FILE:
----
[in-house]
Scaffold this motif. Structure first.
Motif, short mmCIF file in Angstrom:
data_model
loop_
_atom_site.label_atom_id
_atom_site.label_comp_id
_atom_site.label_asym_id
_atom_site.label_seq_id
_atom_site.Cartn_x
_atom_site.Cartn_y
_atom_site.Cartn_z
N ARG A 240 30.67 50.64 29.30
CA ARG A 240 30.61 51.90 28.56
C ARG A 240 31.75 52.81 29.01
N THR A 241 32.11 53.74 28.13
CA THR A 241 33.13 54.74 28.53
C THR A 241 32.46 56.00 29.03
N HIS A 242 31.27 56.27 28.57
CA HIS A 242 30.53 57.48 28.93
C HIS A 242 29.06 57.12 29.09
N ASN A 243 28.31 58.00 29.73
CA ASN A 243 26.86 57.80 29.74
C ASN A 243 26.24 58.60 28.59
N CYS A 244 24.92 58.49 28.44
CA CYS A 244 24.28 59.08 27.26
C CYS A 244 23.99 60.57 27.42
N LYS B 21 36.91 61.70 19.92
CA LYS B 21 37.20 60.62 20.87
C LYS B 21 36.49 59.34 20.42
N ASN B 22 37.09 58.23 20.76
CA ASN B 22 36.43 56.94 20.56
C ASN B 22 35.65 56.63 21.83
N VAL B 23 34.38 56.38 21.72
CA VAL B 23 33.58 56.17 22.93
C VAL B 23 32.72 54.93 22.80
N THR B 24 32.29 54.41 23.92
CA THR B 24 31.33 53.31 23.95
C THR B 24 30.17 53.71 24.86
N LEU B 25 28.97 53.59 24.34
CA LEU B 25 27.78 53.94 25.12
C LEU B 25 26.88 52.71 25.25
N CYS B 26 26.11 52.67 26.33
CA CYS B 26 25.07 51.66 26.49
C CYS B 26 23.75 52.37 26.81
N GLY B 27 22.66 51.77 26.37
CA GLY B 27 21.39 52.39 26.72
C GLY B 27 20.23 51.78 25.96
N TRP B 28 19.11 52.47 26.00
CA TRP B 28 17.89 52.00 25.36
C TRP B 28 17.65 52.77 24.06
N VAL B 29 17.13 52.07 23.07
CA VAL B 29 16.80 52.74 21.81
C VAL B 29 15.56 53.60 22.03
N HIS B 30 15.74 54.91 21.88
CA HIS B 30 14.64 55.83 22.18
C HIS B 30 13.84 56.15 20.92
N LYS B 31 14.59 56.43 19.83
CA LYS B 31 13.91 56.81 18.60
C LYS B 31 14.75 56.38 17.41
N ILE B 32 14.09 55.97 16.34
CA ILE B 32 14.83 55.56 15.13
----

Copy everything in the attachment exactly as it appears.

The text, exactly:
[in-house]
Scaffold this motif. Structure first.
Motif, short mmCIF file in Angstrom:
data_model
loop_
_atom_site.label_atom_id
_atom_site.label_comp_id
_atom_site.label_asym_id
_atom_site.label_seq_id
_atom_site.Cartn_x
_atom_site.Cartn_y
_atom_site.Cartn_z
N ARG A 240 30.67 50.64 29.30
CA ARG A 240 30.61 51.90 28.56
C ARG A 240 31.75 52.81 29.01
N THR A 241 32.11 53.74 28.13
CA THR A 241 33.13 54.74 28.53
C THR A 241 32.46 56.00 29.03
N HIS A 242 31.27 56.27 28.57
CA HIS A 242 30.53 57.48 28.93
C HIS A 242 29.06 57.12 29.09
N ASN A 243 28.31 58.00 29.73
CA ASN A 243 26.86 57.80 29.74
C ASN A 243 26.24 58.60 28.59
N CYS A 244 24.92 58.49 28.44
CA CYS A 244 24.28 59.08 27.26
C CYS A 244 23.99 60.57 27.42
N LYS B 21 36.91 61.70 19.92
CA LYS B 21 37.20 60.62 20.87
C LYS B 21 36.49 59.34 20.42
N ASN B 22 37.09 58.23 20.76
CA ASN B 22 36.43 56.94 20.56
C ASN B 22 35.65 56.63 21.83
N VAL B 23 34.38 56.38 21.72
CA VAL B 23 33.58 56.17 22.93
C VAL B 23 32.72 54.93 22.80
N THR B 24 32.29 54.41 23.92
CA THR B 24 31.33 53.31 23.95
C THR B 24 30.17 53.71 24.86
N LEU B 25 28.97 53.59 24.34
CA LEU B 25 27.78 53.94 25.12
C LEU B 25 26.88 52.71 25.25
N CYS B 26 26.11 52.67 26.33
CA CYS B 26 25.07 51.66 26.49
C CYS B 26 23.75 52.37 26.81
N GLY B 27 22.66 51.77 26.37
CA GLY B 27 21.39 52.39 26.72
C GLY B 27 20.23 51.78 25.96
N TRP B 28 19.11 52.47 26.00
CA TRP B 28 17.89 52.00 25.36
C TRP B 28 17.65 52.77 24.06
N VAL B 29 17.13 52.07 23.07
CA VAL B 29 16.80 52.74 21.81
C VAL B 29 15.56 53.60 22.03
N HIS B 30 15.74 54.91 21.88
CA HIS B 30 14.64 55.83 22.18
C HIS B 30 13.84 56.15 20.92
N LYS B 31 14.59 56.43 19.83
CA LYS B 31 13.91 56.81 18.60
C LYS B 31 14.75 56.38 17.41
N ILE B 32 14.09 55.97 16.34
CA ILE B 32 14.83 55.56 15.13